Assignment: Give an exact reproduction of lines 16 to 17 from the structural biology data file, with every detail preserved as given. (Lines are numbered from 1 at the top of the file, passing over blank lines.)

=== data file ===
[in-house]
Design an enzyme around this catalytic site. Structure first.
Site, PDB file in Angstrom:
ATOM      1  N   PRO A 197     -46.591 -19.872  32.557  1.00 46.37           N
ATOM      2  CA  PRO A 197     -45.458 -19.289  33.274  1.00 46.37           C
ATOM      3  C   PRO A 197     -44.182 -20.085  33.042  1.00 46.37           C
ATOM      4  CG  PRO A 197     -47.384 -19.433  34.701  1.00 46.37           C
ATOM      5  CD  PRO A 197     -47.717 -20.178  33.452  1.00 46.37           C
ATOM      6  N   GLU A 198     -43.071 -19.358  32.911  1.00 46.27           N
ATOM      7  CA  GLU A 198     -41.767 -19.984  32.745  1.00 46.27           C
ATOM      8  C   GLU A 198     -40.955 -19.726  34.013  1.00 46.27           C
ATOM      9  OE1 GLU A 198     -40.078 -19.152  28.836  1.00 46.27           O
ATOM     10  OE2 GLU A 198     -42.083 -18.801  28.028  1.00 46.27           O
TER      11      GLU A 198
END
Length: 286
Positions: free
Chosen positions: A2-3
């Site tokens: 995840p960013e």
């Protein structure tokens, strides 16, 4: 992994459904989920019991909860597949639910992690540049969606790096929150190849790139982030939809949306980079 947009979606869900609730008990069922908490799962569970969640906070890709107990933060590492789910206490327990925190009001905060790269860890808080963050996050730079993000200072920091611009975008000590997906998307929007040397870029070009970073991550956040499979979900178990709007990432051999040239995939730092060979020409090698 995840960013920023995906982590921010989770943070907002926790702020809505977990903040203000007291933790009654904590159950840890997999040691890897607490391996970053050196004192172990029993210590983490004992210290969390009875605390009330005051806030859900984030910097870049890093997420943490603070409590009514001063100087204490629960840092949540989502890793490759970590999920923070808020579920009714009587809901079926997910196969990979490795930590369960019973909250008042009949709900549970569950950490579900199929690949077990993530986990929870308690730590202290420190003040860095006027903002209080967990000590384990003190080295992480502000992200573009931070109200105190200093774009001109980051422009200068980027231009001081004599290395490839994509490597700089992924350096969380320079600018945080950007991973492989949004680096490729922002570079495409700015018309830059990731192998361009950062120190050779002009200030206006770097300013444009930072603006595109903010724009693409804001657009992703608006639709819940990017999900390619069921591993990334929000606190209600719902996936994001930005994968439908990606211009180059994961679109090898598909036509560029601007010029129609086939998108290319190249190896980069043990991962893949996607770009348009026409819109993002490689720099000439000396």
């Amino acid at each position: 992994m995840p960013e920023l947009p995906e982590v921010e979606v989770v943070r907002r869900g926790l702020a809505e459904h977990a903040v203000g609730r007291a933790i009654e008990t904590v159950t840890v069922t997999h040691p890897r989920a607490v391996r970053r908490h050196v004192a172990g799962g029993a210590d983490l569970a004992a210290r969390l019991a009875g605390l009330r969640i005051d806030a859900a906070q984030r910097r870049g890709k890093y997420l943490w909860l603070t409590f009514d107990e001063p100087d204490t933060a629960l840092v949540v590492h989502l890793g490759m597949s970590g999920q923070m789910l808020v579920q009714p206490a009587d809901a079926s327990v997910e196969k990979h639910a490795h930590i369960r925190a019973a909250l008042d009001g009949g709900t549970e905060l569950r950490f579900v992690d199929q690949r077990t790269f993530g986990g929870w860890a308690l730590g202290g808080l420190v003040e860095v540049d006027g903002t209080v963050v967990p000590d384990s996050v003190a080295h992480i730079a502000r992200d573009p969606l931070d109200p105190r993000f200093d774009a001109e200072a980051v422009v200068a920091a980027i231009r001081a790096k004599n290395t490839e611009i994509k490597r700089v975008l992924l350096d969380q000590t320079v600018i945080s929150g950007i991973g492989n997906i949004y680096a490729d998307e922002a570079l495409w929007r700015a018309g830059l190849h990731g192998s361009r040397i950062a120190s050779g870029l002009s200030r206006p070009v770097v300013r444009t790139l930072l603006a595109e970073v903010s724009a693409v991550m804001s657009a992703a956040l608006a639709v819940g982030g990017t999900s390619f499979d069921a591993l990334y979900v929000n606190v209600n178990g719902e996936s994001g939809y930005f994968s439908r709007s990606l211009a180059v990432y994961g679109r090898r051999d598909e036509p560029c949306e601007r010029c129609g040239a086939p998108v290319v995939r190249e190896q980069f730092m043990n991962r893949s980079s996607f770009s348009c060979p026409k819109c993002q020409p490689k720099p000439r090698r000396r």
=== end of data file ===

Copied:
Length: 286
Positions: free